Alternate Dispute Resolution Comes to Association Communities (Whether they want it or not)
* House Bill 595 was signed by Governor Tom Wolf on Monday, May 7, 2018. The Bill becomes effective on Wednesday, July 6.
The Pennsylvania General Assembly passed House Bill 595, which is expected to be signed by Governor Wolf. This Bill gives a process for deciding disputes in Condominium and Homeowners’ Associations. There are a few things that every Association should know about this new requirement. They are:
- Most Associations need to adopt bylaws or rules and regulations that establish Alternate Dispute Resolution (ADR) procedures. This includes procedures for disputes between two or more unit owners and/or between a unit owner and the Association.
- A “unit owner in good standing” can file a Complaint with the Attorney General’s Bureau of Consumer Protection for a violation of the Act relating to meetings, quorums, voting, proxies, and Association records. Previously, this option was available only to disputes over Association financial records.
- A “unit owner in good standing” is someone who has no past due assessments. So a unit owner that is behind on their assessments cannot file a Complaint with the Bureau of Consumer Protection. Except that if the unpaid assessments are related to a Complaint filed with the Bureau of Consumer Protection, then the unit owner is in good standing regardless of unpaid assessments.
- A unit owner cannot file a Complaint with the Bureau of Consumer Protection until he or she has exhausted the ADR procedure or at least 100 days after the unit owner started the Alternative Dispute Resolution procedure. If there is no ADR procedure, the unit owner can go straight to the Bureau.
- Finally, if a unit owner has a dispute with the Association and wins, he or she may be entitled to an award of costs and reasonable attorney’s fees.
These additions to the Uniform Condominium Act and the Uniform Planned Communities Act are intended to help owners and Associations settle their differences without going to court. In order to do this, Associations will need to take some steps to prepare themselves:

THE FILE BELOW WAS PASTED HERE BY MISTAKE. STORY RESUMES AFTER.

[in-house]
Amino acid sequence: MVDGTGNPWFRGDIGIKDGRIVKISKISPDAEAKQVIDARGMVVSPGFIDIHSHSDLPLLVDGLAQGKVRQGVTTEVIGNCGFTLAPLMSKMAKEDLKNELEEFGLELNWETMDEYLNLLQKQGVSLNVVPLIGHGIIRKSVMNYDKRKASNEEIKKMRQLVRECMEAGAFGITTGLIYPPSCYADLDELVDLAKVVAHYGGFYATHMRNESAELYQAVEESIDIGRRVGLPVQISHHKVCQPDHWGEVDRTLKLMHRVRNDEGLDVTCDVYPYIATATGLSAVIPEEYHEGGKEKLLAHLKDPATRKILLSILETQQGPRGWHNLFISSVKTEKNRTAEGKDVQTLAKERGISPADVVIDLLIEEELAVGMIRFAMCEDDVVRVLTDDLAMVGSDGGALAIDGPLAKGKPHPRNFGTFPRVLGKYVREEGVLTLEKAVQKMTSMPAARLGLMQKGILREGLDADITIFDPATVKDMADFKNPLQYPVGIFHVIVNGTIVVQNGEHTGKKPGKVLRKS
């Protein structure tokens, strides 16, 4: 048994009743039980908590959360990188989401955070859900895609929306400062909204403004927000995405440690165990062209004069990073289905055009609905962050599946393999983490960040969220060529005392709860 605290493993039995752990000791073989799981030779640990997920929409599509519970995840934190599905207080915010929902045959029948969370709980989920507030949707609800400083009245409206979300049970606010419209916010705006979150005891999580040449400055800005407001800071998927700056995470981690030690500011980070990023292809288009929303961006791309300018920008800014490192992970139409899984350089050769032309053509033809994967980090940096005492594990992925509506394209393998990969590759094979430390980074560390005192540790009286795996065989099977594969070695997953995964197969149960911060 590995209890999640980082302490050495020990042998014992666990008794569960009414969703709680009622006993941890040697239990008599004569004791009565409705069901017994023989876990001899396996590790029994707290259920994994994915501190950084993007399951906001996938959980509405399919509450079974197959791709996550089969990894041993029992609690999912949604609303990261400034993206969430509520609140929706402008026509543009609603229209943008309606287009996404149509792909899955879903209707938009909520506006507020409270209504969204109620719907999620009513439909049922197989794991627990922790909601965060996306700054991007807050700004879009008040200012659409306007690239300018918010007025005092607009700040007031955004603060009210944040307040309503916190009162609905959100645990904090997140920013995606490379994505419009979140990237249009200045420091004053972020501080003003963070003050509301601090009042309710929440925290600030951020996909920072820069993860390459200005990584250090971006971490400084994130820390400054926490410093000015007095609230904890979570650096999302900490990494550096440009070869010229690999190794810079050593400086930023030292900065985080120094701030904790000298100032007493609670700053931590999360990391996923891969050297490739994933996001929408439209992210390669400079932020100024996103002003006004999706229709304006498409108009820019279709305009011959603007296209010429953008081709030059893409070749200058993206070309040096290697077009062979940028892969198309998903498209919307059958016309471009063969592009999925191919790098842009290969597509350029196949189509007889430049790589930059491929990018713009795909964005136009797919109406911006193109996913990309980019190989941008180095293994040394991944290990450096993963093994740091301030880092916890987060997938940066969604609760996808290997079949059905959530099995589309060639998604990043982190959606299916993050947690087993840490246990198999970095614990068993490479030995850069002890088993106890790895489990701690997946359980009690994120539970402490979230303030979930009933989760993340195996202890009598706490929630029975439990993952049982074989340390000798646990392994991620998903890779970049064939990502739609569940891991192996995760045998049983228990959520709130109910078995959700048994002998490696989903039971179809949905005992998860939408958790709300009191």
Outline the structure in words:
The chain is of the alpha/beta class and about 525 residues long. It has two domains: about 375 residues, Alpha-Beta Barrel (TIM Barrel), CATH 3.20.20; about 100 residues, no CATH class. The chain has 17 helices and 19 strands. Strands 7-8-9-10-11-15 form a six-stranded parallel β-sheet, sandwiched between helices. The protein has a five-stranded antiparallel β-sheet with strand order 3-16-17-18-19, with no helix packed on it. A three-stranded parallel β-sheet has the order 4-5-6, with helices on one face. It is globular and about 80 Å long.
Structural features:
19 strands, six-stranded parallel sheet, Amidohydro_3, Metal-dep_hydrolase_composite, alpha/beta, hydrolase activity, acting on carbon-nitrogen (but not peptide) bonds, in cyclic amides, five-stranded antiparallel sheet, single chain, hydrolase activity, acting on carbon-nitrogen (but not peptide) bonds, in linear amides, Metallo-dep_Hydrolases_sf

- Associations should make sure they are as transparent as possible with annual meetings, quorums, voting and proxies, and Association records. I always advise Boards to be as open as possible with elections, voting, proxies, etc. This gives the greatest number of people the ability to participate. Now, it could also head off Complaints to the Attorney General.
- Most Associations should develop some sort of Alternate Dispute Resolution. This could be different in different Associations. In big communities, an Association may establish a separate ADR committee. The ADR committee may have the final say in disputes. In the alternative, the Board may take an approach that is more like mediation. That is, one person is assigned to go between the unit owner and the Board in order to reach a resolution of the issue. This could be a Board member, unit owner, property manager, attorney, or someone outside the community.
- Be prepared to respond to questions from the Bureau of Consumer Protection. Generally, the Bureau asks the Association for its side of the story before it moves forward. The Association needs to answer these requests completely and openly. Usually the Bureau will not investigate issues where the Board was clearly within their rights to take an action. The Association needs to make sure that it shows the Bureau its right to take the action, or that it complied with the unit owner’s reasonable requests.
These new changes to the Condominium and Planned Communities Acts can help to solve disputes in communities. In order to do this, however, the Association needs to embrace the spirit and the process of the Alternate Dispute Resolution that is required.